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The National Comprehensive Cancer Network updated its recommendations to include Krazati for patients with KRAS G12-mutant pancreatic cancer.
The National Comprehensive Cancer Network (NCCN) now recommends Krazati (adagrasib) for the treatment of patients with KRAS G12-mutant pancreatic cancer.
“The NCCN Guidelines are the most thorough and frequently updated clinical practice guidelines available in any area of medicine, and updates are intended to reflect rapid advancements in the field of cancer research and management,” Dr. Shubham Pant, associate professor in the department of gastrointestinal medical oncology with a joint appointment in the department of investigational cancer therapeutics at The University of Texas MD Anderson Cancer Center, said in an interview with CURE®, noting that medications that are recommended by the NCCN are more likely to be covered by health insurance.
Pant gave CURE an overview of the use of Krazati for this subset of patients, and the promising research behind the drug.
Can you give a bit of background on the use of Krazati for KRAS G12C-mutant pancreatic cancer?
Pancreatic cancer is an aggressive form of cancer that is notoriously resistant to treatment and the growth of pancreatic cancer may be driven by a mutated gene called KRASG12C. (Krazati) is a targeted therapy that inhibits the KRAS G12C mutation and was recently approved for use in previously treated adults with advanced non-small cell lung cancer (NSCLC) with the KRASG12C mutation.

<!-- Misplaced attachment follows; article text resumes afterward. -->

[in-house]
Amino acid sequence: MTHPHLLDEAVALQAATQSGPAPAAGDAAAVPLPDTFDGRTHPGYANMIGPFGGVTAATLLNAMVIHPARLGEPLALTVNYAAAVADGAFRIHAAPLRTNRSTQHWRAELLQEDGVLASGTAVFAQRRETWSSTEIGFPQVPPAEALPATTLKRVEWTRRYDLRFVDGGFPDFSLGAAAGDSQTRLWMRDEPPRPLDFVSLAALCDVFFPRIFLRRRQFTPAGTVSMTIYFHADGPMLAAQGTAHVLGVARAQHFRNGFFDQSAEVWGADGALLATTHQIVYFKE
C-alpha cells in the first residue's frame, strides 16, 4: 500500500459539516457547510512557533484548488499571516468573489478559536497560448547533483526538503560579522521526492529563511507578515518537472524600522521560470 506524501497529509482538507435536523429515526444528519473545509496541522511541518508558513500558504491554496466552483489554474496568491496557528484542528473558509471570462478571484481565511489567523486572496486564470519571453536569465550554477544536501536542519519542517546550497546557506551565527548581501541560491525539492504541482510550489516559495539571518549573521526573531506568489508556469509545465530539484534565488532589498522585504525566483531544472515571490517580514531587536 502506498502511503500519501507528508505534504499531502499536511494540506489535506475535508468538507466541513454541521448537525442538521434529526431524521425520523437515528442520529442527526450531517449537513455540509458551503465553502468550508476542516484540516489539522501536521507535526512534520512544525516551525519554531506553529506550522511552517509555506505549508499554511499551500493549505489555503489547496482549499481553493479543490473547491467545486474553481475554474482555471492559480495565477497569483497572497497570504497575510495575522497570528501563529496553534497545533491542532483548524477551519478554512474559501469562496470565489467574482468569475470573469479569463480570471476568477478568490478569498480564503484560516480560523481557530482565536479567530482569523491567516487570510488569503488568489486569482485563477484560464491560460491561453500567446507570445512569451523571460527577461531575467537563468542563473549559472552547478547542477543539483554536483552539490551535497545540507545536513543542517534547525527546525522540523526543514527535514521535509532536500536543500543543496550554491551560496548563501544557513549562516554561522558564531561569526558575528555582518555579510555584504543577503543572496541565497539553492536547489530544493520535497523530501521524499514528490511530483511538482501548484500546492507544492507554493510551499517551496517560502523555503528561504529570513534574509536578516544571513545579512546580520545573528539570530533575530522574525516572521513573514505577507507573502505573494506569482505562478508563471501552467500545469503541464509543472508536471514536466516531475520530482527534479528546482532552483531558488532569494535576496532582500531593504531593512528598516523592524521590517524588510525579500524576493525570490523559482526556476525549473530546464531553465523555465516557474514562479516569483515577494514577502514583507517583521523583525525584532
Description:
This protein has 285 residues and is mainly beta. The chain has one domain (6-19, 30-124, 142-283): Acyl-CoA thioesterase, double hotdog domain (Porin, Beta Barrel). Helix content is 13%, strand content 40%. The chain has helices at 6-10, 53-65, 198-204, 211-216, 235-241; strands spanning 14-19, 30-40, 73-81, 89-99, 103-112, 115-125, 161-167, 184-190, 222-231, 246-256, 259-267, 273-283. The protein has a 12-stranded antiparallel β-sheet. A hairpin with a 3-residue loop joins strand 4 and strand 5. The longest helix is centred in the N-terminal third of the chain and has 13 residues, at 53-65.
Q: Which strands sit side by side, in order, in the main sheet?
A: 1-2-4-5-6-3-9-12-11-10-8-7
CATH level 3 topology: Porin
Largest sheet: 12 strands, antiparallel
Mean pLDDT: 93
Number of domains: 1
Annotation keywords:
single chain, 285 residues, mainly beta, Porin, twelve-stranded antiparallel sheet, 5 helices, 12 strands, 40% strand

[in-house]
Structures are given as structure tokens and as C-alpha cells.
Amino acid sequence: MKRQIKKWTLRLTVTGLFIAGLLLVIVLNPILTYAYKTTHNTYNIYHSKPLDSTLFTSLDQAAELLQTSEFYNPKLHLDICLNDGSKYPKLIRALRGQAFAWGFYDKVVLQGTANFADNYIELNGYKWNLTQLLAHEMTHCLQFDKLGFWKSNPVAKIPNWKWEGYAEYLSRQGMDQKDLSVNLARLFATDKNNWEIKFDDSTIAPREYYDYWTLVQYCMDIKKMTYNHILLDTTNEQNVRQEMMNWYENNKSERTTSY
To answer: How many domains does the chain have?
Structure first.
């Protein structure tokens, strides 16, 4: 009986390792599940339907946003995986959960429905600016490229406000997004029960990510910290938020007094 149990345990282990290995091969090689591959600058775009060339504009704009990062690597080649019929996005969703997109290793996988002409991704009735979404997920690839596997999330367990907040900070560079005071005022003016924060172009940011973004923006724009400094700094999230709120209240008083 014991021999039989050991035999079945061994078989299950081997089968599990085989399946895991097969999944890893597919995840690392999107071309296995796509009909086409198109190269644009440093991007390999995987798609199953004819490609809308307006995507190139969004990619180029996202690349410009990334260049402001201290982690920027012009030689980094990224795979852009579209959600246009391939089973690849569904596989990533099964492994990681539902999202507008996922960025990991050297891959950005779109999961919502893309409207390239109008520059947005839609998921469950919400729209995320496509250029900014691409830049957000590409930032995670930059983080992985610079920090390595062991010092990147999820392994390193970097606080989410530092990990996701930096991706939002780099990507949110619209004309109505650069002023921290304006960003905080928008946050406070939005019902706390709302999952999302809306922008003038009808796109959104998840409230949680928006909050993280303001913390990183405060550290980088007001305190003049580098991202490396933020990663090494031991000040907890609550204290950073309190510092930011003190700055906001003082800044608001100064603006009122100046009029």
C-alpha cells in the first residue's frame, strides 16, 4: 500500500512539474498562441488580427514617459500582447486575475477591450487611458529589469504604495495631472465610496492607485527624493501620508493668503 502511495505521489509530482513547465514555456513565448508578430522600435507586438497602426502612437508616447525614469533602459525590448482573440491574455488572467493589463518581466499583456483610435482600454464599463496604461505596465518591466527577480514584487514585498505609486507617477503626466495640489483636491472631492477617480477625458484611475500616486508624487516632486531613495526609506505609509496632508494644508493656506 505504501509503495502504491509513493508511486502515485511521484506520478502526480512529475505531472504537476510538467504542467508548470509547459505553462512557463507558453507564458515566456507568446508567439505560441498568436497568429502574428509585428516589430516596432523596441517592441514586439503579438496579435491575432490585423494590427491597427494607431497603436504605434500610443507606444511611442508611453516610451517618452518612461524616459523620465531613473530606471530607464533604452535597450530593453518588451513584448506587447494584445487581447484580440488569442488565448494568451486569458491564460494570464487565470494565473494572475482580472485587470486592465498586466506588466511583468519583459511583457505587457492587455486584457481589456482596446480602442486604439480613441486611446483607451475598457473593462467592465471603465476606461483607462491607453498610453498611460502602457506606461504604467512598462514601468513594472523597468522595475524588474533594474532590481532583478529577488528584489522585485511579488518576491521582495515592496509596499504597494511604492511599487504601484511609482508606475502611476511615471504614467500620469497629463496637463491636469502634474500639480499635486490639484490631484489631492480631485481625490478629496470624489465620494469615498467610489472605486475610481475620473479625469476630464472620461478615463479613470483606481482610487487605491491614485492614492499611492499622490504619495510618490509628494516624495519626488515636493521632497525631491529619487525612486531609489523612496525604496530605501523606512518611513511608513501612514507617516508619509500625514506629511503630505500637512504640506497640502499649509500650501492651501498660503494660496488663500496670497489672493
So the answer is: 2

(Krazati) is currently being evaluated in a phase 2 KRYSTAL-1 trial for use in KRASG12C-mutated unresectable or metastatic pancreatic cancer and other solid tumors.
At the (American Society of Clinical Oncology) Plenary Series session, we presented updated clinical data from the largest phase 2 dataset evaluating unresectable or metastatic KRAS G12C mutated solid tumors excluding NSCLC and colorectal cancer. These data represent an investigational use of (Krazati) and so the efficacy and safety of (Krazati) for this investigational use has not been approved by the FDA. The (57) patients with measurable disease at baseline reported an objective response rate (percentage of patients whose disease shrinks or disappears from treatment) of 35% for the overall cohort. In patients with pancreatic cancer, (objective response rate) was 33% (seven of 21 patients). The historically reported standard of care for previously treated, advanced (pancreatic ductal adenocarcinoma) has a reported objective response rate of 3 to 17%.The safety profile of (Krazati) was consistent with previously reported data in patients with pretreated advanced KRASG12C-mutated NSCLC and CRC.
The most common treatment-related (side effects) that occurred with (Krazati) in this study included nausea, diarrhea, fatigue and vomiting, which were generally low grade. Results were also published in the Journal of Clinical Oncology as a Rapid Communication which are reserved for publications deemed to represent timely and late-breaking research that may have an immediate impact on patient care.
What are the NCCN Guidelines, and how are they crafted?
The NCCN Clinical Practice Guidelines in Oncology (NCCN Guidelines®) provide recommendations for the prevention, diagnosis and management of cancer care and are intended to assist all individuals who impact decision-making in cancer care including physicians, nurses, pharmacists, payers, patients and their families, and many others.
What do patients with pancreatic cancer need to know about (Krazati)?
Patients with pancreatic cancer and their oncologists should know that (Krazati) is being studied as a potential therapy targeted for KRASG12C-mutated cancers and, based on phase 2 data from the KRYSTAL-1 trial, appears to exhibit clinical activity. Biomarker testing is necessary to identify potential treatment targets, and testing for KRAS G12C mutation is critical to identify patients who may benefit from treatment with (Krazati).
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